Invalid session with Apache proxy

We are trying to configure Apache as a transparent proxy for the CWMP process, but our encountering “Invalid session” issues. Our Apache config looks like this:

<VirtualHost public_ip:7548>
  ServerName acs.domain.net:7548
  ProxyPass / http://127.0.0.1:7547/
  ProxyPassReverse / http://127.0.0.1:7547/
  SSLEngine on
  SSLCertificateFile "/etc/ssl/certs/domain_net.crt"
  SSLCertificateKeyFile "/etc/ssl/certs/domain_net.key"
</VirtualHost>

Before we put the transparent proxy in place, we had zero “Invalid session” errors. After, we had over 50k before we pulled the plug and reverted.

#Before:
$ zgrep "Invalid session" /var/log/genieacs/genieacs-cwmp.log-20200429.gz | wc -l
0

#After:
$ grep "Invalid session" /var/log/genieacs/genieacs-cwmp.log | wc -l
54134

Here is our Apache info:
Server version: Apache/2.4.39 (Unix)
Server built: Apr 6 2019 14:30:06

This happens when the proxy shares the same upstream TCP connection for multiple TR-069 sessions. Genie caches data for an active session in memory (tied to the connection) so you need to configure the proxy such that TCP connections are never reused. I don’t remember how I used to do that Apache. Try the opitons ‘disablereuse’ or ‘stickysession’.

Thank you for your help! The solution was:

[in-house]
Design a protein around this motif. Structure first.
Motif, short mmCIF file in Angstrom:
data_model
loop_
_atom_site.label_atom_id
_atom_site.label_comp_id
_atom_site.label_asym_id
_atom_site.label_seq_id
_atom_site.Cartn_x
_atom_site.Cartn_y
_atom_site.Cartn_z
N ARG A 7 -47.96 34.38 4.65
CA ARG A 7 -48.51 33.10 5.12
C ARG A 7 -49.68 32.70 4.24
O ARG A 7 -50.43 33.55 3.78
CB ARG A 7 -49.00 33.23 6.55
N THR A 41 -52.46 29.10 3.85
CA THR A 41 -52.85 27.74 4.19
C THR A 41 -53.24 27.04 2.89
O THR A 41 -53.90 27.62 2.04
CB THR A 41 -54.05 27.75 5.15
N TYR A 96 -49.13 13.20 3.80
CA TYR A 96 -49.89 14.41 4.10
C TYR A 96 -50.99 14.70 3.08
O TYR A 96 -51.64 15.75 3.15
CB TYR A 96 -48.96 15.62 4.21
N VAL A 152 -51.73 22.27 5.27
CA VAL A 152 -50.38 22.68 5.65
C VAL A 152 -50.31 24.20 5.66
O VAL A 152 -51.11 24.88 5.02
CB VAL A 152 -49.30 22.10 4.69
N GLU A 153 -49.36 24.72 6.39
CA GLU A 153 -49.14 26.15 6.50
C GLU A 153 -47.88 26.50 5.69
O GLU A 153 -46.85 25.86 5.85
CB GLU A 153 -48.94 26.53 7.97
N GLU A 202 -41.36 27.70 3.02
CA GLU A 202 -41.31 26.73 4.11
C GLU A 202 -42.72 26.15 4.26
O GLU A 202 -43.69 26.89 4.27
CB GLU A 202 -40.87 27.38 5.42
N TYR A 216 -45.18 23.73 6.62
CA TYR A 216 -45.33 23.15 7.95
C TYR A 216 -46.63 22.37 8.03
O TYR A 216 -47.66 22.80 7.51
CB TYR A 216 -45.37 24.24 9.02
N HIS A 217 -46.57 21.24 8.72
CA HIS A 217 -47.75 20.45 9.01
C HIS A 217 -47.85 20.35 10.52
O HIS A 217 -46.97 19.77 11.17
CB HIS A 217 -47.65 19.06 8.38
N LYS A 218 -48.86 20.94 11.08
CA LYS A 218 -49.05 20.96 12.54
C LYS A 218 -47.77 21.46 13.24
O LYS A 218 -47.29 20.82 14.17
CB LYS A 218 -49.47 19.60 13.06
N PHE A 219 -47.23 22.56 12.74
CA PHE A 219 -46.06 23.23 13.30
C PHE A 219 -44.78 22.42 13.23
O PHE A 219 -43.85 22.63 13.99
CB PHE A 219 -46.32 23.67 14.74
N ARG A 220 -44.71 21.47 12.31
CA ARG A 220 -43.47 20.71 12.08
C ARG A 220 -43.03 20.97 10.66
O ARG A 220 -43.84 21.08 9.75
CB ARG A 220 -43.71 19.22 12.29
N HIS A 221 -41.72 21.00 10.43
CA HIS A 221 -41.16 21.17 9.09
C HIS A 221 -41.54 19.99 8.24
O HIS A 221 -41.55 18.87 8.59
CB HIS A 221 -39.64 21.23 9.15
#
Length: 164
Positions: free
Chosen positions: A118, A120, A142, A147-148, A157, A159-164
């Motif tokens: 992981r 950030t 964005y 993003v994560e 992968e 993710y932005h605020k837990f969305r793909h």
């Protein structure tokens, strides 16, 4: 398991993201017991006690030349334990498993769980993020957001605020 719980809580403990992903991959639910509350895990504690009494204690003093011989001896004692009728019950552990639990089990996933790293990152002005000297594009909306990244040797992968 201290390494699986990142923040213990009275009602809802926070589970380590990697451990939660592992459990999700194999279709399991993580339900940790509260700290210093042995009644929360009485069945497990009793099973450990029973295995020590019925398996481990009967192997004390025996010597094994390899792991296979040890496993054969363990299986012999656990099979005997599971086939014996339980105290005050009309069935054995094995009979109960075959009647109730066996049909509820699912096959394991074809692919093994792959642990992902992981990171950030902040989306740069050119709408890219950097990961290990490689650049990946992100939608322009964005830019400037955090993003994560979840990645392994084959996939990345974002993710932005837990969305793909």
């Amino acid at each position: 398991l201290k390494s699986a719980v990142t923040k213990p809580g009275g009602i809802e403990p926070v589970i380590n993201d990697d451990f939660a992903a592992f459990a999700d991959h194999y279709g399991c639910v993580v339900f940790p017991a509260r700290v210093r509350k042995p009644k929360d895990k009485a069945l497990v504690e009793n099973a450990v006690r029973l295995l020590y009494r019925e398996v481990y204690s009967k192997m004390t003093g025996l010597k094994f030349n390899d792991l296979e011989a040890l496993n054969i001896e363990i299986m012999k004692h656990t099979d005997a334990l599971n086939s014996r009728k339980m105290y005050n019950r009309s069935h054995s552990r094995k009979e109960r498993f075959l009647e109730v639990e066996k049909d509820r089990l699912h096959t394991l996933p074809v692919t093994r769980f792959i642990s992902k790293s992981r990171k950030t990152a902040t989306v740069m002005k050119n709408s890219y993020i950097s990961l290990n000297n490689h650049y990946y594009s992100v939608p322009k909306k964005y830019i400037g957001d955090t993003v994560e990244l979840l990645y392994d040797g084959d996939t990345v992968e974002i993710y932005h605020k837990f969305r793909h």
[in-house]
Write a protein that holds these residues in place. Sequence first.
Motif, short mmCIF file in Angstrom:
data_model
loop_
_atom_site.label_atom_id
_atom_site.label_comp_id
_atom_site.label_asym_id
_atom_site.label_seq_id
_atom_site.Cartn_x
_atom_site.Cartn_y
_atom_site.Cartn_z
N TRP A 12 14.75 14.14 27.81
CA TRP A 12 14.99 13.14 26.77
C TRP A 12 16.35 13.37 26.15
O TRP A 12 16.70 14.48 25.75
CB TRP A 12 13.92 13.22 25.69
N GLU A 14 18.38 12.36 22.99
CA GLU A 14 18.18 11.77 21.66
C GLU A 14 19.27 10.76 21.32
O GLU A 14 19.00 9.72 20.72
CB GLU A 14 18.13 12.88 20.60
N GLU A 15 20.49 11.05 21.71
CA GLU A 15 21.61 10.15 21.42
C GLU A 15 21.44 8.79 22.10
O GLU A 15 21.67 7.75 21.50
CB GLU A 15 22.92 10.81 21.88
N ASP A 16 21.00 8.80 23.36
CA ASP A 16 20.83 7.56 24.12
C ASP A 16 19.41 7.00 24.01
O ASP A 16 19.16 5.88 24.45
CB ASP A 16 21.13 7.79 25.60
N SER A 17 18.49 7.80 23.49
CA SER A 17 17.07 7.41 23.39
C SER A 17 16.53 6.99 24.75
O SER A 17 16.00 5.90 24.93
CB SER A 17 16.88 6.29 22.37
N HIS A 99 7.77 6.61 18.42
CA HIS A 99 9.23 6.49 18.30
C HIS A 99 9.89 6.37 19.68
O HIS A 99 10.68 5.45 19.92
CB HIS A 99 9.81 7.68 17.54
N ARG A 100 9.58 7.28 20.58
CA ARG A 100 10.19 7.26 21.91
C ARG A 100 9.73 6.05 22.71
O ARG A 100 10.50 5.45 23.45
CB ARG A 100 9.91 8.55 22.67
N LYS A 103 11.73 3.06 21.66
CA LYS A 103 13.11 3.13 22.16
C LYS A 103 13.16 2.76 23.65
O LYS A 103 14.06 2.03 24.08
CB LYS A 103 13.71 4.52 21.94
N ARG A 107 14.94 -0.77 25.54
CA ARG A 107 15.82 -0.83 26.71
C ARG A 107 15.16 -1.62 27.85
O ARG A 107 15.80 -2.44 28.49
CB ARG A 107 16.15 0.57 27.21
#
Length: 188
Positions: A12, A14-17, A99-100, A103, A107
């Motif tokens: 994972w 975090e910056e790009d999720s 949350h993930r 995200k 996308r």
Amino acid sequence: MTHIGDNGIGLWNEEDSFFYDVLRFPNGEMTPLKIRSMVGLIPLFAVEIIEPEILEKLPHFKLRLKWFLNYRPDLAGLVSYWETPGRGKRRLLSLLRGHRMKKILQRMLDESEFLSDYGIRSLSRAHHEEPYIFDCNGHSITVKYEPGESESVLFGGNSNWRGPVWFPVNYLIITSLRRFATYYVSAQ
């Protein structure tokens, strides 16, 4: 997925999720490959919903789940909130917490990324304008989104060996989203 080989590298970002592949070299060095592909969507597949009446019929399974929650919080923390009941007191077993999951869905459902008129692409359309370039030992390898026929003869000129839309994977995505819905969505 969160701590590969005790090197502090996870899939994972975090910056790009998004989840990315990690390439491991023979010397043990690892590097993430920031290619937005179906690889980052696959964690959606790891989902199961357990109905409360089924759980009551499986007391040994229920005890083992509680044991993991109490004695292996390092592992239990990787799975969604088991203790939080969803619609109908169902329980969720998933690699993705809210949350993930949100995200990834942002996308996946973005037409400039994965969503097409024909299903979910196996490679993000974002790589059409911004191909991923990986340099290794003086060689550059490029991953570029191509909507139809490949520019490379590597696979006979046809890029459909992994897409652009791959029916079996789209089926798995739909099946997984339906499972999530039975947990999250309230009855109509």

ProxyPass / http://127.0.0.1:7547/ disablereuse=On

1 Like

What was the performance goal of using the connection itself as a cache key? This makes this application very error prone with abstracted layer 7 load balancers (like AWS ELB, given theres no way to tell it to not reuse connections apart from setting a 1s idle timeout)

In order to cache the current session in process rather than the database. If we decouple the TR-069 session from the TCP connection then different RPCs belonging to one session may end up being served by different processes (or servers). That’s a pretty significant performance penalty.

Not familiar with AWS ELB. You can essentially treat genieacs-cwmp as a TCP service and use a TCP load balancer.

Thanks for the context @zaidka

For posteritys sakes, AWS ELB = Amazon Web Services, Elastic Load Balancer (https://aws.amazon.com/elasticloadbalancing)

Its a very commonly used load balancer service. Its pretty standard to do TLS offloading/termination at this layer which, even if you configure it as a pure layer 4 proxy, has the same upstream proxy connection reuse issue noted above. I’d honestly be surprised if you don’t get more feedback like this in the future.

A notable workaround is to do the TLS termination in the genieacs application itself, but thats likely less performant than doing it in something written in C like nginx (in addition to having no connection reuse introducing a ton of socket overhead).

Node uses OpenSSL for TLS/SSL so that puts on an equal footing with nginx performance wise.

I’m inclined to think that the overhead is negligible in the grand scheme of things. For perspective, the TLS handshake probably has an order of magnitude bigger overhead for example. I could be wrong though. Either way, the performance gains we get by imposing the restriction of one session per connection are just too good to miss.

That performance claim is simply not true. There is a reason that the battle-tested way to deploy Node.js applications is put a nginx (or similar) reverse proxy in front of the application process, both for TLS offloading as well as serving static content when applicable. EDIT: The reason is that C is just objectively better by every measure when CPU-bound tasks are what we’re evaluating.